Compare any two graphics cards:
GeForce GTS 450 vs GeForce GTX 260
IntroThe GeForce GTS 450 makes use of a 40 nm design. nVidia has set the core frequency at 783 MHz. The GDDR5 RAM works at a speed of 902 MHz on this particular model. It features 192 SPUs along with 32 Texture Address Units and 16 Rasterization Operator Units.
Compare those specs to the GeForce GTX 260, which has a core clock speed of 576 MHz and a GDDR3 memory frequency of 999 MHz. It also makes use of a 448-bit bus, and uses a 65 nm design. It is made up of 192 SPUs, 64 Texture Address Units, and 28 ROPs.
Power Usage and Theoretical Benchmarks
Power Consumption (Max TDP)
Theoretically, the GeForce GTX 260 should perform much faster than the GeForce GTS 450 in general. (explain)
Texel RateThe GeForce GTX 260 is a lot (more or less 47%) better at AF than the GeForce GTS 450. (explain)
Pixel RateIf using a high screen resolution is important to you, then the GeForce GTX 260 is superior to the GeForce GTS 450, by far. (explain)
Please note that the above 'benchmarks' are all just theoretical - the results were calculated based on the card's specifications, and real-world performance may (and probably will) vary at least a bit.
Please note that the price comparisons are based on search keywords - sometimes it might show cards with very similar names that are not exactly the same as the one chosen in the comparison. We do try to filter out the wrong results as best we can, though.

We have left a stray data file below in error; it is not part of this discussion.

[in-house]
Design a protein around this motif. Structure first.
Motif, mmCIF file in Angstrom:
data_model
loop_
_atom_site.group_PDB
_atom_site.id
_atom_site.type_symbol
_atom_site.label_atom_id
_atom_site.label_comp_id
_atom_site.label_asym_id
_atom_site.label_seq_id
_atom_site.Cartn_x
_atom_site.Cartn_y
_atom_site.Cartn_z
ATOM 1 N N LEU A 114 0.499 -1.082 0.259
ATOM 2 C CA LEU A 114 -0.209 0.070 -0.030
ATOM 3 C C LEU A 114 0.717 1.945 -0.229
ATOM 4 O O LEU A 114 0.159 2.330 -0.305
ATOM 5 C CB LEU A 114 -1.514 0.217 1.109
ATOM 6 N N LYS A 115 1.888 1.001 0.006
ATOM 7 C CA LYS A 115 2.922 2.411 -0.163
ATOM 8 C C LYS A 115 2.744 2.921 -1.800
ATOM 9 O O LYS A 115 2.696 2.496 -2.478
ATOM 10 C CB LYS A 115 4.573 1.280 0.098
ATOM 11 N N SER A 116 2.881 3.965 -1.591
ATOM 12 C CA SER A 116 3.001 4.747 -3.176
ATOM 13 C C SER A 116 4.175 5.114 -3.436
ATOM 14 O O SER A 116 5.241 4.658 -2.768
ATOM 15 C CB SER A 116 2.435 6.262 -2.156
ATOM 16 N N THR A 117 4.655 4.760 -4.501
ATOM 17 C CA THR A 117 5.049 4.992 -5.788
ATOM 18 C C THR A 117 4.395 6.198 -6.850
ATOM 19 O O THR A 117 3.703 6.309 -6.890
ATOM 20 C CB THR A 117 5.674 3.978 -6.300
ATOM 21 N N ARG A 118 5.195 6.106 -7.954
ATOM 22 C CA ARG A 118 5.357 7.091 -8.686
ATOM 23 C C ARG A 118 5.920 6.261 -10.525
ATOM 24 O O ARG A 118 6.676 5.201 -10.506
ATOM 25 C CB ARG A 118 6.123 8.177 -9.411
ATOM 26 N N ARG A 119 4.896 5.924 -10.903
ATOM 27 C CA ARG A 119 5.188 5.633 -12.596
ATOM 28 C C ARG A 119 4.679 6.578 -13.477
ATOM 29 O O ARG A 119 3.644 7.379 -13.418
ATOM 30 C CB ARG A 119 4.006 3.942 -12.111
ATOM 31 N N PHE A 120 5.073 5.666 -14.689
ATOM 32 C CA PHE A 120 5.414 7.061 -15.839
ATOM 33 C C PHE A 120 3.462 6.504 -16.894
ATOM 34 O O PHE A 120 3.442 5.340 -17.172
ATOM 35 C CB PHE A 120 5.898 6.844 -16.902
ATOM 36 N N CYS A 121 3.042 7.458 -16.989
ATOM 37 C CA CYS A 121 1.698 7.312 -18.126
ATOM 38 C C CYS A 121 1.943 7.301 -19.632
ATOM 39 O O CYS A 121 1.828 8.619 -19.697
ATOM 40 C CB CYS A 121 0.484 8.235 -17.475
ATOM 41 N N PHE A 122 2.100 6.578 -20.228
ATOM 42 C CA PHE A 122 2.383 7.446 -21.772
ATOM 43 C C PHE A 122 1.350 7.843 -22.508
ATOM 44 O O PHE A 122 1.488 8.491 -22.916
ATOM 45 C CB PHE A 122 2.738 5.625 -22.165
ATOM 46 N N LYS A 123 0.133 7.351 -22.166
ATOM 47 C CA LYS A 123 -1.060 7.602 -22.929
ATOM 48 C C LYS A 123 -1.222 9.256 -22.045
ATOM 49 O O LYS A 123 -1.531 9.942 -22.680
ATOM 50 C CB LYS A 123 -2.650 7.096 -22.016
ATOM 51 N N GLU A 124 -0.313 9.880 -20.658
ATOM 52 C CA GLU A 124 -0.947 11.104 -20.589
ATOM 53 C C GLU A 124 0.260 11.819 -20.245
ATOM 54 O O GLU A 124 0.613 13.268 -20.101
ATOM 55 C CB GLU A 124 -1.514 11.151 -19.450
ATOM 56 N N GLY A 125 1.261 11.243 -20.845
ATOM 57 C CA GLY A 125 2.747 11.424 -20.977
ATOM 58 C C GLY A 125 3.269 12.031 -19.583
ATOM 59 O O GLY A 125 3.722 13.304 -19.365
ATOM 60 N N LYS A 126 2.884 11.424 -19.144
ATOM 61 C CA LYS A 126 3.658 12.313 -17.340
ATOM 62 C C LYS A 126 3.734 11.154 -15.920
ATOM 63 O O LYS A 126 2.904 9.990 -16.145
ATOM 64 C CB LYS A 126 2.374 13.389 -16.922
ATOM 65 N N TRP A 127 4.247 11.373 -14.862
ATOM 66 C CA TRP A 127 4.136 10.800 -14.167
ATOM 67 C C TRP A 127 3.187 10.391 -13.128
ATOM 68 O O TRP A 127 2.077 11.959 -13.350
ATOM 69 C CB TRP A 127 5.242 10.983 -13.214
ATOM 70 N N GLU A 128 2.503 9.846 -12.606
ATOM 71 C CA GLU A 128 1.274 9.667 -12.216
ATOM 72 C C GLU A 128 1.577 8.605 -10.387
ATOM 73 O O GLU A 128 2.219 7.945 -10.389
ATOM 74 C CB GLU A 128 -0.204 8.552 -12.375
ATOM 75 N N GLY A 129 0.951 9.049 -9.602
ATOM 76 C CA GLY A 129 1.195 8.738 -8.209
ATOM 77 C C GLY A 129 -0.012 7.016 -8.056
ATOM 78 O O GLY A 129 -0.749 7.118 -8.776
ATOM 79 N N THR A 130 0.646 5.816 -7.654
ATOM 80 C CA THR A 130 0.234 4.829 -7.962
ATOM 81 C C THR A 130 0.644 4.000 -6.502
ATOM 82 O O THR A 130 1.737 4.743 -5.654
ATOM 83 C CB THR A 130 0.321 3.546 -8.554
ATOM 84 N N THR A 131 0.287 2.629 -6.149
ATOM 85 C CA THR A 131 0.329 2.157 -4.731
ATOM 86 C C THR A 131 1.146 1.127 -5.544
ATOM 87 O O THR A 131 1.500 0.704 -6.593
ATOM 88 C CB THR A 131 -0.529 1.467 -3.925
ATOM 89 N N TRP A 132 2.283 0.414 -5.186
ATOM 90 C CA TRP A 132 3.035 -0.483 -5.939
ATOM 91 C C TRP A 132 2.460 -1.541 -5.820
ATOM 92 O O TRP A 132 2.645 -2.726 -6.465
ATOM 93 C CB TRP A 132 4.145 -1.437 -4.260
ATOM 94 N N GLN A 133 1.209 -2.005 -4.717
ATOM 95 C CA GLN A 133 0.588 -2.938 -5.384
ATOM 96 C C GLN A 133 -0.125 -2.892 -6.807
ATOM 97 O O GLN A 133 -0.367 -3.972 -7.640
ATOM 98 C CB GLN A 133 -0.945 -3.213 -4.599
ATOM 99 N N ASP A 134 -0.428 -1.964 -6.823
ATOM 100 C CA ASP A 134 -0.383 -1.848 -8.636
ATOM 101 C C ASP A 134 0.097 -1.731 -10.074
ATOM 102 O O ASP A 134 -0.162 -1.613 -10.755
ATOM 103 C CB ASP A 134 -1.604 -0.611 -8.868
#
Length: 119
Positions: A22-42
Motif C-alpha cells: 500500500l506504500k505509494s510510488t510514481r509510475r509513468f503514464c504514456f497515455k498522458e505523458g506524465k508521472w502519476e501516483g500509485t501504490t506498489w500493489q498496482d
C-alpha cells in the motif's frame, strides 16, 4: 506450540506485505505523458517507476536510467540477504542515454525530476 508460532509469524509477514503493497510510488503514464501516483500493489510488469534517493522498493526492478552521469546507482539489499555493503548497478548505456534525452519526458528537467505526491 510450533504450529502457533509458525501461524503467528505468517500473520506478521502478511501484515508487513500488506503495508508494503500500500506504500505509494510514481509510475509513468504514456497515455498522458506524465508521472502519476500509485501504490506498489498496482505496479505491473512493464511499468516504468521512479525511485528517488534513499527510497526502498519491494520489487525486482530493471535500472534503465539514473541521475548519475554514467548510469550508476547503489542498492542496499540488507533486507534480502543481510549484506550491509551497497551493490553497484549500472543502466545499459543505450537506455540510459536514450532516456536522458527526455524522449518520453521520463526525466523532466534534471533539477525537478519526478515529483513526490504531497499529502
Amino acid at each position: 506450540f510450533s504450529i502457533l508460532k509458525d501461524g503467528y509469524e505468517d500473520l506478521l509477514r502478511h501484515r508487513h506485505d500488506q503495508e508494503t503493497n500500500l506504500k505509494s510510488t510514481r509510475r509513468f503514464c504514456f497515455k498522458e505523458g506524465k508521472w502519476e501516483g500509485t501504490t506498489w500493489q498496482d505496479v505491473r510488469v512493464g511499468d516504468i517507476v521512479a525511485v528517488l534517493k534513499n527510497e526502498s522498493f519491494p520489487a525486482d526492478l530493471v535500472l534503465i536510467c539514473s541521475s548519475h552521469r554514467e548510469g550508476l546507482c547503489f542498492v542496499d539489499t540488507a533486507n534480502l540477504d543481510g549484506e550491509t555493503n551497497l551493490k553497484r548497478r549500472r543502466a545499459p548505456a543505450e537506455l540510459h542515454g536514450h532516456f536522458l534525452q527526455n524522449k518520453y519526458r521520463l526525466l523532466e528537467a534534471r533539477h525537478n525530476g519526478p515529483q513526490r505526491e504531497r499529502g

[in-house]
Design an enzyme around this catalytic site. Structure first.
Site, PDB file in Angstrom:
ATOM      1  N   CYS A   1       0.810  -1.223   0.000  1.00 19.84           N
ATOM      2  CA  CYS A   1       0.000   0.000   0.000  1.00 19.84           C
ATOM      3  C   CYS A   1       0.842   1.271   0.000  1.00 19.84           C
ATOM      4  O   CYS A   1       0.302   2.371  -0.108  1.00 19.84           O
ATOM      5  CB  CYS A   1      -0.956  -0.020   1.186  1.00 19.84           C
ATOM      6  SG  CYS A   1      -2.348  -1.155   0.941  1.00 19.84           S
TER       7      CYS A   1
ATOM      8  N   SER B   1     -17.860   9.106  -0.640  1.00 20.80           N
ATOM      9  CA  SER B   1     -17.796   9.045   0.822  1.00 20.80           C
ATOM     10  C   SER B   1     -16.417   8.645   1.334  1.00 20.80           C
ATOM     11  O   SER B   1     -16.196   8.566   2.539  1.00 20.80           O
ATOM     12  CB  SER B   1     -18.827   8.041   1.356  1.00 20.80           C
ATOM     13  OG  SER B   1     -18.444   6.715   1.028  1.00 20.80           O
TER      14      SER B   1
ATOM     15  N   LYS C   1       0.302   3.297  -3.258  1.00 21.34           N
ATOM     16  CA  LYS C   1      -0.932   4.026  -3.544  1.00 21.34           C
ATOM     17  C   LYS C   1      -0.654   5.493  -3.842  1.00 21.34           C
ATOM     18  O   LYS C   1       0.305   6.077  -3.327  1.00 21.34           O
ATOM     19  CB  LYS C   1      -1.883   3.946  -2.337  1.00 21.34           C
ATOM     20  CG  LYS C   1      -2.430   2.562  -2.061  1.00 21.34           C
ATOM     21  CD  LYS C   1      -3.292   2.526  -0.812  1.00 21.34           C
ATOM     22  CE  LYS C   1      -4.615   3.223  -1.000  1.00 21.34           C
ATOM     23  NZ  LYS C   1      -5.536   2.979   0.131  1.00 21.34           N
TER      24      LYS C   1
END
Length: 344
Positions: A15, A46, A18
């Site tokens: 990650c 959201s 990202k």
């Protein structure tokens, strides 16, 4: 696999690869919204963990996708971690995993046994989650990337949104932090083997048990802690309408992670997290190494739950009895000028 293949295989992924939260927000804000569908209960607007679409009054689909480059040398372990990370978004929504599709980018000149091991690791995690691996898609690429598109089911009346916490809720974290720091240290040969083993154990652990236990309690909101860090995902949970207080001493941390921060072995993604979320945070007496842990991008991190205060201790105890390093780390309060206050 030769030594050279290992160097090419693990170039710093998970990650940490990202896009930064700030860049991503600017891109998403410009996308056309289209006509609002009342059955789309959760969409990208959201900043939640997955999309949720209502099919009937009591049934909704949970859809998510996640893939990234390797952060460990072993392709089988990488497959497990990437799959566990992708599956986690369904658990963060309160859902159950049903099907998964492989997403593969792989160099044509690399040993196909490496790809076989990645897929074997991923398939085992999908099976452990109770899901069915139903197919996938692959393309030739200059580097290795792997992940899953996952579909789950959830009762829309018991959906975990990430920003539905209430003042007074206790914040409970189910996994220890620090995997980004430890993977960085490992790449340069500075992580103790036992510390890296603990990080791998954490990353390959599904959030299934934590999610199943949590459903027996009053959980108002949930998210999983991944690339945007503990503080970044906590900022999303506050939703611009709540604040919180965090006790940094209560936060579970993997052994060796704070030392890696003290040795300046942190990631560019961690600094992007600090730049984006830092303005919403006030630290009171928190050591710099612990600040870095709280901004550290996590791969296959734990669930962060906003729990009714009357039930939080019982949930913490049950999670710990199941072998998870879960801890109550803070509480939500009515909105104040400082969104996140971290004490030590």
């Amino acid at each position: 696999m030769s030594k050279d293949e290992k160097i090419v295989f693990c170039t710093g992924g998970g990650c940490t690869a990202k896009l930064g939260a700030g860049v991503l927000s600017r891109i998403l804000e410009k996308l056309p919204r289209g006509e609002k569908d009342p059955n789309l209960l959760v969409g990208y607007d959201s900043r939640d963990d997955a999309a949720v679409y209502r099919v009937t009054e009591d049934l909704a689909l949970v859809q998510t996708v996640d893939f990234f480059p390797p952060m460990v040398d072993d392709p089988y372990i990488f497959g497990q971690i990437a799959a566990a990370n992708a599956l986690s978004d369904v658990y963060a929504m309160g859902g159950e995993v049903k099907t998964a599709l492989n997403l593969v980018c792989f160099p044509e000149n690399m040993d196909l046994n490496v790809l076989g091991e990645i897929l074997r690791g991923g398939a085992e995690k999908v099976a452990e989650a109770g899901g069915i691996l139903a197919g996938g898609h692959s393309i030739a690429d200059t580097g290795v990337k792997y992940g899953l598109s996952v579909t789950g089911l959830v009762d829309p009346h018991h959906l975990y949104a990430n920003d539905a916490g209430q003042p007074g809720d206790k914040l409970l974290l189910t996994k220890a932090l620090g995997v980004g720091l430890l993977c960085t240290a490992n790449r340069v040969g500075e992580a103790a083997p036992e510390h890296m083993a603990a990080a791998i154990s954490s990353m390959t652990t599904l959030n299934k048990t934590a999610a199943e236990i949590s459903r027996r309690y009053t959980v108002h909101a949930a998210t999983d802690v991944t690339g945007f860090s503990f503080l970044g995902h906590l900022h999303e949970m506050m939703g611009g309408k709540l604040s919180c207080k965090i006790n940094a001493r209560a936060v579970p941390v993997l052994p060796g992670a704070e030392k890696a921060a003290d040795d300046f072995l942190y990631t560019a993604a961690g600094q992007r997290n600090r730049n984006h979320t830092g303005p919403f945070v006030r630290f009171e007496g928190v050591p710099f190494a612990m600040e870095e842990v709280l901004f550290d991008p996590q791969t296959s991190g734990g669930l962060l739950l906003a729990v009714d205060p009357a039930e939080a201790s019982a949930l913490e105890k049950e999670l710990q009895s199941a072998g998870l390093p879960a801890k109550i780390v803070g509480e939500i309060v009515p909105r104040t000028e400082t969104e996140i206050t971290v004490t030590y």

Memory Bandwidth: Memory bandwidth is the maximum amount of data (counted in megabytes per second) that can be moved over the external memory interface in one second. The number is worked out by multiplying the bus width by the speed of its memory. If it uses DDR type memory, it must be multiplied by 2 once again. If DDR5, multiply by 4 instead. The better the bandwidth is, the better the card will be in general. It especially helps with anti-aliasing, High Dynamic Range and higher screen resolutions.
Texel Rate: Texel rate is the maximum amount of texture map elements (texels) that are applied per second. This figure is worked out by multiplying the total texture units of the card by the core speed of the chip. The higher the texel rate, the better the video card will be at handling texture filtering (anisotropic filtering - AF). It is measured in millions of texels in one second.
Pixel Rate: Pixel rate is the most pixels that the graphics chip could possibly record to its local memory in one second - measured in millions of pixels per second. Pixel rate is calculated by multiplying the number of Raster Operations Pipelines by the the core clock speed. ROPs (Raster Operations Pipelines - also sometimes called Render Output Units) are responsible for drawing the pixels (image) on the screen. The actual pixel output rate is also dependant on many other factors, especially the memory bandwidth - the lower the memory bandwidth is, the lower the ability to get to the max fill rate.